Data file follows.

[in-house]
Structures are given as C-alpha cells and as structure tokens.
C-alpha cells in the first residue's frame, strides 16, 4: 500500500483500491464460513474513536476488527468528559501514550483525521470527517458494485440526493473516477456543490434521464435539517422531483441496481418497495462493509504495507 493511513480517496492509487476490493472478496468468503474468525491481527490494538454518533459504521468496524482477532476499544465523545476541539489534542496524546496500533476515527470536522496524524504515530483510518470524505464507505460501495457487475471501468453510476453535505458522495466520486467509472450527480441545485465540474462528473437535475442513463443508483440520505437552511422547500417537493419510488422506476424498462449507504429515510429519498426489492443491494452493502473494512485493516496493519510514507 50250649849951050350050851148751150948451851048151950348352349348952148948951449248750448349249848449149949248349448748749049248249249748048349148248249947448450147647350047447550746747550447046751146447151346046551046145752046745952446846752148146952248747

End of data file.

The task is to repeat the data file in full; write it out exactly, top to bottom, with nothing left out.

[in-house]
Structures are given as C-alpha cells and as structure tokens.
C-alpha cells in the first residue's frame, strides 16, 4: 500500500483500491464460513474513536476488527468528559501514550483525521470527517458494485440526493473516477456543490434521464435539517422531483441496481418497495462493509504495507 493511513480517496492509487476490493472478496468468503474468525491481527490494538454518533459504521468496524482477532476499544465523545476541539489534542496524546496500533476515527470536522496524524504515530483510518470524505464507505460501495457487475471501468453510476453535505458522495466520486467509472450527480441545485465540474462528473437535475442513463443508483440520505437552511422547500417537493419510488422506476424498462449507504429515510429519498426489492443491494452493502473494512485493516496493519510514507 50250649849951050350050851148751150948451851048151950348352349348952148948951449248750448349249848449149949248349448748749049248249249748048349148248249947448450147647350047447550746747550447046751146447151346046551046145752046745952446846752148146952248747